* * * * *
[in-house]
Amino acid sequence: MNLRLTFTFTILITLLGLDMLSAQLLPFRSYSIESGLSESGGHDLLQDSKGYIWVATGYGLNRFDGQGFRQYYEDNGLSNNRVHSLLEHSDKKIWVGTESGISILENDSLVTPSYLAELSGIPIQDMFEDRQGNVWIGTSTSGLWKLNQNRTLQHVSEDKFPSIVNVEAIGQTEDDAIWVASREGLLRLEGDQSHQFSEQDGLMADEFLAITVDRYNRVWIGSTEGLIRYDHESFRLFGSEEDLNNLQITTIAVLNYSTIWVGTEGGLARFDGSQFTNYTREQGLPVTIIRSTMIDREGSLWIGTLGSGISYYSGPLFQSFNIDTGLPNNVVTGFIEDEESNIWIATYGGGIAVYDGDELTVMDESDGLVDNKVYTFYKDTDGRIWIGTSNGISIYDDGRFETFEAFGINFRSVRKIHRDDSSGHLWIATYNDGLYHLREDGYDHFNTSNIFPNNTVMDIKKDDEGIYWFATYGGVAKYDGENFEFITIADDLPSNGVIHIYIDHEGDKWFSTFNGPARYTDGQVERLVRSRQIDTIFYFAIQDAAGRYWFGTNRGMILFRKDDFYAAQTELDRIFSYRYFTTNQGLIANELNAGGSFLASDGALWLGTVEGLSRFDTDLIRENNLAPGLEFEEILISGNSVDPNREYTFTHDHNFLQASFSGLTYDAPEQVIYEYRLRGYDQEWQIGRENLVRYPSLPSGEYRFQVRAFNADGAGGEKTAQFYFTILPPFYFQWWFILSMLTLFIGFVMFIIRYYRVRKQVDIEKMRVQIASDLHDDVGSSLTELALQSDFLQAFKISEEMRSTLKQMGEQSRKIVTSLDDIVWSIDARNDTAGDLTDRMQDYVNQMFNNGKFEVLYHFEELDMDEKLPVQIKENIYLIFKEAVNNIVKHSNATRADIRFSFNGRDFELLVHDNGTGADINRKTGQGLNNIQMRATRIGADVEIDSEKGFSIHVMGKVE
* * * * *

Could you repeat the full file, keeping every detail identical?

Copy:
[in-house]
Amino acid sequence: MNLRLTFTFTILITLLGLDMLSAQLLPFRSYSIESGLSESGGHDLLQDSKGYIWVATGYGLNRFDGQGFRQYYEDNGLSNNRVHSLLEHSDKKIWVGTESGISILENDSLVTPSYLAELSGIPIQDMFEDRQGNVWIGTSTSGLWKLNQNRTLQHVSEDKFPSIVNVEAIGQTEDDAIWVASREGLLRLEGDQSHQFSEQDGLMADEFLAITVDRYNRVWIGSTEGLIRYDHESFRLFGSEEDLNNLQITTIAVLNYSTIWVGTEGGLARFDGSQFTNYTREQGLPVTIIRSTMIDREGSLWIGTLGSGISYYSGPLFQSFNIDTGLPNNVVTGFIEDEESNIWIATYGGGIAVYDGDELTVMDESDGLVDNKVYTFYKDTDGRIWIGTSNGISIYDDGRFETFEAFGINFRSVRKIHRDDSSGHLWIATYNDGLYHLREDGYDHFNTSNIFPNNTVMDIKKDDEGIYWFATYGGVAKYDGENFEFITIADDLPSNGVIHIYIDHEGDKWFSTFNGPARYTDGQVERLVRSRQIDTIFYFAIQDAAGRYWFGTNRGMILFRKDDFYAAQTELDRIFSYRYFTTNQGLIANELNAGGSFLASDGALWLGTVEGLSRFDTDLIRENNLAPGLEFEEILISGNSVDPNREYTFTHDHNFLQASFSGLTYDAPEQVIYEYRLRGYDQEWQIGRENLVRYPSLPSGEYRFQVRAFNADGAGGEKTAQFYFTILPPFYFQWWFILSMLTLFIGFVMFIIRYYRVRKQVDIEKMRVQIASDLHDDVGSSLTELALQSDFLQAFKISEEMRSTLKQMGEQSRKIVTSLDDIVWSIDARNDTAGDLTDRMQDYVNQMFNNGKFEVLYHFEELDMDEKLPVQIKENIYLIFKEAVNNIVKHSNATRADIRFSFNGRDFELLVHDNGTGADINRKTGQGLNNIQMRATRIGADVEIDSEKGFSIHVMGKVE